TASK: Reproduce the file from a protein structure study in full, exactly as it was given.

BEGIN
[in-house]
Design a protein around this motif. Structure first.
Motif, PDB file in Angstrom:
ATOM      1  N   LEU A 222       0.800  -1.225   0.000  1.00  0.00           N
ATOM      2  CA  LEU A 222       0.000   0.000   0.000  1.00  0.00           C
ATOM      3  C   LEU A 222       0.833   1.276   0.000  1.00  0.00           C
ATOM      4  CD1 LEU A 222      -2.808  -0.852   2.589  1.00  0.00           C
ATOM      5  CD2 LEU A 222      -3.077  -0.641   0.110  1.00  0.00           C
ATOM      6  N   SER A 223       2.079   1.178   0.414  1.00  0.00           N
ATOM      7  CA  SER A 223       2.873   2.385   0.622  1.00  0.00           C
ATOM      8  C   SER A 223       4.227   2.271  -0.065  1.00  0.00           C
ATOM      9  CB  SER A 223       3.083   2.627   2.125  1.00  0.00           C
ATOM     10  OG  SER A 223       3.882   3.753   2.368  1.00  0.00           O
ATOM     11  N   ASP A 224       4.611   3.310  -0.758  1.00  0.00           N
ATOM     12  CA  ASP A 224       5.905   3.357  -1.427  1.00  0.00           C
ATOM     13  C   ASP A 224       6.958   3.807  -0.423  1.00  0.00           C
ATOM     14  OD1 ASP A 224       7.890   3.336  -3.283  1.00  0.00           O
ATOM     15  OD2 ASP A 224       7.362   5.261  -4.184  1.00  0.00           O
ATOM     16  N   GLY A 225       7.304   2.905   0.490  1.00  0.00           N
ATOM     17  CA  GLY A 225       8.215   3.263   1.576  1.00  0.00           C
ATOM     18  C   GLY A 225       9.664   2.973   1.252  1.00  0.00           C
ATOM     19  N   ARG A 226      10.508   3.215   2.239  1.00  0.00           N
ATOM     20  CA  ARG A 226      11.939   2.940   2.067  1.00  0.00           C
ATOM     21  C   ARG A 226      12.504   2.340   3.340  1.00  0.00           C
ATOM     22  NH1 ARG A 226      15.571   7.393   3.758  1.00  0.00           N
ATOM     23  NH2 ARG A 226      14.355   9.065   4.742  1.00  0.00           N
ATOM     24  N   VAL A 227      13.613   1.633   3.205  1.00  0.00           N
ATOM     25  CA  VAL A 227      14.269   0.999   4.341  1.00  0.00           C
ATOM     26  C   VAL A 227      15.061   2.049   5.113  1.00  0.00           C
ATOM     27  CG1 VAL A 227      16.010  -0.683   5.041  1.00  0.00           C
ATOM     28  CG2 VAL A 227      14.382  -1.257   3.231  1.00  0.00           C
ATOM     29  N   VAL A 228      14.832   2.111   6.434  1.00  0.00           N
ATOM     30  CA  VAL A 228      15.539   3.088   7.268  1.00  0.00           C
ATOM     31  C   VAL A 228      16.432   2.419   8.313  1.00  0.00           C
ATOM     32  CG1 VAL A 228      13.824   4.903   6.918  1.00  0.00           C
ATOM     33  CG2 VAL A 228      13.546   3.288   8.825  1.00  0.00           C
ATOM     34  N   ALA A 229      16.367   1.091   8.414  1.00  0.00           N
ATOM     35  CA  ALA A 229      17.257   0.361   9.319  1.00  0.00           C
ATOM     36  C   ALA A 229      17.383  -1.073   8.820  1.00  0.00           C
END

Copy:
[in-house]
Design a protein around this motif. Structure first.
Motif, PDB file in Angstrom:
ATOM      1  N   LEU A 222       0.800  -1.225   0.000  1.00  0.00           N
ATOM      2  CA  LEU A 222       0.000   0.000   0.000  1.00  0.00           C
ATOM      3  C   LEU A 222       0.833   1.276   0.000  1.00  0.00           C
ATOM      4  CD1 LEU A 222      -2.808  -0.852   2.589  1.00  0.00           C
ATOM      5  CD2 LEU A 222      -3.077  -0.641   0.110  1.00  0.00           C
ATOM      6  N   SER A 223       2.079   1.178   0.414  1.00  0.00           N
ATOM      7  CA  SER A 223       2.873   2.385   0.622  1.00  0.00           C
ATOM      8  C   SER A 223       4.227   2.271  -0.065  1.00  0.00           C
ATOM      9  CB  SER A 223       3.083   2.627   2.125  1.00  0.00           C
ATOM     10  OG  SER A 223       3.882   3.753   2.368  1.00  0.00           O
ATOM     11  N   ASP A 224       4.611   3.310  -0.758  1.00  0.00           N
ATOM     12  CA  ASP A 224       5.905   3.357  -1.427  1.00  0.00           C
ATOM     13  C   ASP A 224       6.958   3.807  -0.423  1.00  0.00           C
ATOM     14  OD1 ASP A 224       7.890   3.336  -3.283  1.00  0.00           O
ATOM     15  OD2 ASP A 224       7.362   5.261  -4.184  1.00  0.00           O
ATOM     16  N   GLY A 225       7.304   2.905   0.490  1.00  0.00           N
ATOM     17  CA  GLY A 225       8.215   3.263   1.576  1.00  0.00           C
ATOM     18  C   GLY A 225       9.664   2.973   1.252  1.00  0.00           C
ATOM     19  N   ARG A 226      10.508   3.215   2.239  1.00  0.00           N
ATOM     20  CA  ARG A 226      11.939   2.940   2.067  1.00  0.00           C
ATOM     21  C   ARG A 226      12.504   2.340   3.340  1.00  0.00           C
ATOM     22  NH1 ARG A 226      15.571   7.393   3.758  1.00  0.00           N
ATOM     23  NH2 ARG A 226      14.355   9.065   4.742  1.00  0.00           N
ATOM     24  N   VAL A 227      13.613   1.633   3.205  1.00  0.00           N
ATOM     25  CA  VAL A 227      14.269   0.999   4.341  1.00  0.00           C
ATOM     26  C   VAL A 227      15.061   2.049   5.113  1.00  0.00           C
ATOM     27  CG1 VAL A 227      16.010  -0.683   5.041  1.00  0.00           C
ATOM     28  CG2 VAL A 227      14.382  -1.257   3.231  1.00  0.00           C
ATOM     29  N   VAL A 228      14.832   2.111   6.434  1.00  0.00           N
ATOM     30  CA  VAL A 228      15.539   3.088   7.268  1.00  0.00           C
ATOM     31  C   VAL A 228      16.432   2.419   8.313  1.00  0.00           C
ATOM     32  CG1 VAL A 228      13.824   4.903   6.918  1.00  0.00           C
ATOM     33  CG2 VAL A 228      13.546   3.288   8.825  1.00  0.00           C
ATOM     34  N   ALA A 229      16.367   1.091   8.414  1.00  0.00           N
ATOM     35  CA  ALA A 229      17.257   0.361   9.319  1.00  0.00           C
ATOM     36  C   ALA A 229      17.383  -1.073   8.820  1.00  0.00           C